FEMS Microbiology Ecology Poster Prize: Awala Samuel Imisi

We send our congratulations to Awala Samuel Imisi, who won the Best Poster Prize at FEMS2023. This award is sponsored by our journal FEMS Microbiology Ecology.

FEMS2023 took place on 9-13 July 2023 in Hamburg, Germany. We had over 1800 participants from over 70 countries join us to share all the latest developments across the broad scope of microbiology.

Read our interview with Awala about his research below:


What is your current position, and what was your scientific journey to get there?

I am currently a postdoctoral researcher at the Environmental Microbiology and Genomics Laboratory, led by Prof. Seung-Keun Rhee. My journey in Prof. Rhee’s group started in 2017, and I  earned my Ph.D. there in 2021. Prior to that, I received my bachelor’s and master’s degrees at the Federal University of Technology in Akure, Nigeria. 


What did you enjoy most at FEMS2023?

There were several talks on the latest developments in microbiology and other related fields, so I was able to pick up useful information on topics both directly and indirectly related to my research area. I also came across an interesting discussion that emphasized the critical need for increased microbiology literacy in society. I find attending international scientific conferences like FEMS to be incredibly helpful, as it allows me to connect with experts in my field and related areas. This helps me stay up-to-date with the latest advancements in my constantly evolving field.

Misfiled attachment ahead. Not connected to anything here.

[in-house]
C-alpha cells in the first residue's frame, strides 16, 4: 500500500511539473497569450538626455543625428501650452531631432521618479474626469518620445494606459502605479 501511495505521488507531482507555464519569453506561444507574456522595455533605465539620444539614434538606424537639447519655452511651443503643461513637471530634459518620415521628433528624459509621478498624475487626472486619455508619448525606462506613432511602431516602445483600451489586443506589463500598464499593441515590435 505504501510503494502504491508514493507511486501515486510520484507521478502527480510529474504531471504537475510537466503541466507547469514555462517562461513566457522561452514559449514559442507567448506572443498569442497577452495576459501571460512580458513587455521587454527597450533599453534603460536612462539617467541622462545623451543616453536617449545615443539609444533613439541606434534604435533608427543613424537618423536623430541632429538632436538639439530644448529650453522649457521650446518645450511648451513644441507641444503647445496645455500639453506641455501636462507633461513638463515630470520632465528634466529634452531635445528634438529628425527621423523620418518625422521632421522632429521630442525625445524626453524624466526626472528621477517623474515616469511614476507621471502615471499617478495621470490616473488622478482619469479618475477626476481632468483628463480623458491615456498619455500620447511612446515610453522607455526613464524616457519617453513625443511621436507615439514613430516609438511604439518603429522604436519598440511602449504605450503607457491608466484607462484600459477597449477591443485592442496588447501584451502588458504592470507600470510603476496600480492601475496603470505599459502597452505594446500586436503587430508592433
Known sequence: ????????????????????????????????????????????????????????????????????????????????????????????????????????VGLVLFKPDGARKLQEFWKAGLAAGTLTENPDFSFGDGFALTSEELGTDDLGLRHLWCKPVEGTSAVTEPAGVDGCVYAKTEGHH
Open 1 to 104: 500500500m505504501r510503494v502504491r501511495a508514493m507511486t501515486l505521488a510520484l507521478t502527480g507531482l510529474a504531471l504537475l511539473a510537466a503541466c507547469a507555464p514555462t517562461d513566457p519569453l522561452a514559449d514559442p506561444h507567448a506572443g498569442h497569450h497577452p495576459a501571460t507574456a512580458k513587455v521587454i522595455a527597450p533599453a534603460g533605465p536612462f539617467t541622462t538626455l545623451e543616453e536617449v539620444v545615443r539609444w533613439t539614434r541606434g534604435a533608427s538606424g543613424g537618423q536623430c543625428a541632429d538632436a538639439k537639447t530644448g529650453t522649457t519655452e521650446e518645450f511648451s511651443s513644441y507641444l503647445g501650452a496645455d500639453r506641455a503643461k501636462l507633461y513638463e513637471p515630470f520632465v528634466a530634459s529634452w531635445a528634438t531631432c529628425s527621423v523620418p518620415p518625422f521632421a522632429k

Could you describe the research your poster covered?

My current research focuses on the ecophysiology of microorganisms (particularly acidophiles) involved in the metabolism of GHGs like carbon dioxide (CO2), methane (CH4), and nitrous oxide (N2O). I am also looking into how these microorganisms interact with other biogeochemical cycles, specifically the nitrogen and sulfur cycles. So, the work I presented at FEMS was one of our thermophilic, acid-loving, aerobic methane-oxidizing isolates capable of feeding on the aforementioned GHGs. Its ability to reduce nitrous oxide at extremely acidic pH levels and use it as an alternative terminal electron acceptor was intriguing. Our findings contribute to a better understanding of N2O reduction in acidic environments and shed light on the potential use of this strain in studies aimed at reducing the three most significant GHG emissions.


What do you hope to focus your research on in the future?

My research in the future will probably still center on efforts to cut greenhouse gas emissions, as that is where my primary interest lies.


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